But if you for some reason (AWS RDS) only have MySQL protocol available for backup, you usually can have a compressed mysqldump, that is quite slow to restore, not because of the compression or because the decompressed version is a text file that needs to be parsed, but because MySQL is slow to push it through it's disk pipeline, and because it needs to build data indexes while doing a restore.
I've spent multiple days babysitting the process of restoring a 7GB gzip compressed MySQL dump file, and these are results and tips that could help you save some time.
So, make sure that:
- you have enough IO available: For restoring a 66 GB datadir 315.6 GB was written to the drive (as measured with iostat), with a tuned MySQL configuration. For a DB of this size a mechanical drive doesn't cut it, and restore will take multiple days. Use a good SDD.
- your database TRIGGERS all have BEGIN/END statements (even though you can create them without and even thought the bug was supposed to be fixed https://bugs.mysql.com/bug.php?id=16878), it fails on restore, with all versions of MySQL 5.7/5.6 i tried
- you start with a really empty database in your datadir - DB I worked with had inconsistent data types on a foreign key, when the dependent table with an inconsistent key already exists MySQL will report a foreign key error (MariaDB will be more informative), but if it doesn't it will happily restore the database
- your max_allowed_packet conf value is big enough, or you'll get a MySQL server has gone away message from your client while restoring.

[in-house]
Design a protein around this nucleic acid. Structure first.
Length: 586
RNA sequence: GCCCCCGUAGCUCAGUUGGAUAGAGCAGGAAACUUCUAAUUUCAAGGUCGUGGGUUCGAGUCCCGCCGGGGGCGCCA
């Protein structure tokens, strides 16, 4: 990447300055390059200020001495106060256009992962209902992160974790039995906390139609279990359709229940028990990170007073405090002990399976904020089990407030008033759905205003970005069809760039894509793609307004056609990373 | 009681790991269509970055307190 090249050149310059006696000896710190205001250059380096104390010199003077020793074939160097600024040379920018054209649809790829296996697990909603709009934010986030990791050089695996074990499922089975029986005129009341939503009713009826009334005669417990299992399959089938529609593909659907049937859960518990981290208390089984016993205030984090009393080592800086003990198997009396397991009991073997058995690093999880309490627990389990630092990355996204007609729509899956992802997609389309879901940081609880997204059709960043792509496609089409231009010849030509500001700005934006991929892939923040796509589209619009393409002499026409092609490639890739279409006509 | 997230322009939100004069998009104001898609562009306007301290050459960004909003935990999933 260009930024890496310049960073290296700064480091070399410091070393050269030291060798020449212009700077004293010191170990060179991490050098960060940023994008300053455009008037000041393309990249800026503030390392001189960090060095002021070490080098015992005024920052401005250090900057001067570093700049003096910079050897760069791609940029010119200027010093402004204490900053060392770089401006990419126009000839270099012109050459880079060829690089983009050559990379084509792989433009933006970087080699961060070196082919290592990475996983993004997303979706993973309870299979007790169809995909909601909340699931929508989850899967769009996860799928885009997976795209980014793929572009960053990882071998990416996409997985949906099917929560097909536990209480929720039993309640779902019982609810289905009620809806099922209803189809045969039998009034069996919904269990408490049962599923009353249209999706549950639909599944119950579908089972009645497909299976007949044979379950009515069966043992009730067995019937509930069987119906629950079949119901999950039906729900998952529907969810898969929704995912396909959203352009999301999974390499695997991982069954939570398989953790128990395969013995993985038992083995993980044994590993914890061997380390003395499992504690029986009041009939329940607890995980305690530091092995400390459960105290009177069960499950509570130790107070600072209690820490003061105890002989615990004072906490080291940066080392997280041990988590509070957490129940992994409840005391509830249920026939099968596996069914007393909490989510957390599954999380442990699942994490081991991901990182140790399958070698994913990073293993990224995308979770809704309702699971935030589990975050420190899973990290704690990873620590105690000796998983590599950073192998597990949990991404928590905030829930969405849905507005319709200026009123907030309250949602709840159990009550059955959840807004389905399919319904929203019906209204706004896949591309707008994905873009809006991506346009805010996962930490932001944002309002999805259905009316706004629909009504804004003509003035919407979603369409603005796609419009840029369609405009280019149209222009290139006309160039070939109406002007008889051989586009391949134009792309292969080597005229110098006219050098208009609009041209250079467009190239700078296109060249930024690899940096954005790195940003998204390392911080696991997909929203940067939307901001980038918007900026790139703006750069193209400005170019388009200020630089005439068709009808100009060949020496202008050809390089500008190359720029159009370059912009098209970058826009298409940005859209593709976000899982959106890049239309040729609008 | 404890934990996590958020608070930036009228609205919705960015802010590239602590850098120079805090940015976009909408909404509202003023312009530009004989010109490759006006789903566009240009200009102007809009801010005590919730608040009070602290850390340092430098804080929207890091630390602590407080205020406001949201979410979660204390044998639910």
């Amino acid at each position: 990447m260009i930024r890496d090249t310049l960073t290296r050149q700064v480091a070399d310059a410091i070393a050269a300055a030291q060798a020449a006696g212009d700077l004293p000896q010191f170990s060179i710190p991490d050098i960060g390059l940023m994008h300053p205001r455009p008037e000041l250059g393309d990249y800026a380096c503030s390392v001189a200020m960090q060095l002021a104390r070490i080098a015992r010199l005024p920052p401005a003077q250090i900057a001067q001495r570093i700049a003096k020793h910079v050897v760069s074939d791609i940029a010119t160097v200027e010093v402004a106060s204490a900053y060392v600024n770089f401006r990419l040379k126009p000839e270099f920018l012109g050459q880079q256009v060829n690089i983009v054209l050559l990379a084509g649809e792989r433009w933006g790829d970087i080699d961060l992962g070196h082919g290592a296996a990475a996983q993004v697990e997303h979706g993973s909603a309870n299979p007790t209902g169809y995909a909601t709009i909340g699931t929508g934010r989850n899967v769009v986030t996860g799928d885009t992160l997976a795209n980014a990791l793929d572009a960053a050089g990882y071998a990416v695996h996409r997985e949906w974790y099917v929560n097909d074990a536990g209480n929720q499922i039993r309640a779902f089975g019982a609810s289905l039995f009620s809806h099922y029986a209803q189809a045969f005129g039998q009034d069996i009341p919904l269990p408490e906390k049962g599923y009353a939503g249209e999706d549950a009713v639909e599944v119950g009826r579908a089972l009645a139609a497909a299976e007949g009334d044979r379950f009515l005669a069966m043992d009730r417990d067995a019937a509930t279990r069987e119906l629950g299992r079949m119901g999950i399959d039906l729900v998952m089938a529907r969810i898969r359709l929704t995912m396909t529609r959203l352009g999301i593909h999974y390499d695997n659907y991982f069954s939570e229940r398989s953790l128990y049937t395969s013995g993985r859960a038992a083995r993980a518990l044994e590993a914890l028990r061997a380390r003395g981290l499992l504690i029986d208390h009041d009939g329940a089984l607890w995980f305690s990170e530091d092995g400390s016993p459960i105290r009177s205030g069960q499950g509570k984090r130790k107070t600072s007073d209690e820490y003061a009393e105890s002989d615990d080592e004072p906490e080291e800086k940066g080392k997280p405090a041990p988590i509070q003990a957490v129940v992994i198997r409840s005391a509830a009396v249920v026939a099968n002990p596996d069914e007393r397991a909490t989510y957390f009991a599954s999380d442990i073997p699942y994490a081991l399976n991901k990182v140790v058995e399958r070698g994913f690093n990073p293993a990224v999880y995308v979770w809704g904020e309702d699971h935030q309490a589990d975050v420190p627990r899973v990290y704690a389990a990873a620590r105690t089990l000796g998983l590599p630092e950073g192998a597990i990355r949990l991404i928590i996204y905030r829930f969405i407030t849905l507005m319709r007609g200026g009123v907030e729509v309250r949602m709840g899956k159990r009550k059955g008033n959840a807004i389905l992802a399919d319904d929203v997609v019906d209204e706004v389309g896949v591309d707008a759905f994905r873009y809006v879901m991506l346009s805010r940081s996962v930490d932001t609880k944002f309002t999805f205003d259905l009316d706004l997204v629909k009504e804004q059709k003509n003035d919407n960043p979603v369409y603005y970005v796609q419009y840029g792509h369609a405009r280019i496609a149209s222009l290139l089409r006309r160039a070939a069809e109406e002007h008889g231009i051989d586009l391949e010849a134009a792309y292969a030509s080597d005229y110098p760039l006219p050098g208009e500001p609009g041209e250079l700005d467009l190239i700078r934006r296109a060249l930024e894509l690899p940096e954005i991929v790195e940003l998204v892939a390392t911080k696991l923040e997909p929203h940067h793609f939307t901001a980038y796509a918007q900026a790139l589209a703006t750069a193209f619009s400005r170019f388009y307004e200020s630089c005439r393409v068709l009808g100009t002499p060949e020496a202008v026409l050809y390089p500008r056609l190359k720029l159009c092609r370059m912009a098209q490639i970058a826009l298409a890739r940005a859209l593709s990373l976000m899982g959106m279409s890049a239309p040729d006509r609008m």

- your innodb_log_file_size is big enough (https://dev.mysql.com/doc/refman/5.6/en/innodb-parameters.html#sysvar_innodb_log_file_size) - if you have large BLOB values in your DB, restore will fail if the value is lower than 10% of your blob field. This setting is important for quick restore too
- you have log-bin turned off in order to minimize your chance to run out of drive space and save IO (log-bin=Off doesn't mean that it's disabled just that the log bin files start with Off, the documentation can be confusing here :) What worked for me is having all log-bin lines in the mysqld config section commented out
Finally, if you want it to finish quickly, use the fastest SSD you have available, and consider tuning MySQL configuration a bit. I'm also considering using a ramdisk, because it would help both with restore speed and when you need to do some DB transformations. MySQL defaults are not reasonable, especially for innodb_log_file_size, max_allowed_packet.
I used excellent pv for figuring out if the restore process will finish in reasonable time
pv db_dump.gz |gunzip -c |mysql -uroot database_name
Here's a full list of my MySQLd configuration variables that worked for me on my dev laptop
#my dev laptop is low on memory, for prod server you would use a lot more
#for saving disk IO, dont use on prod
innodb_flush_log_at_trx_commit = 2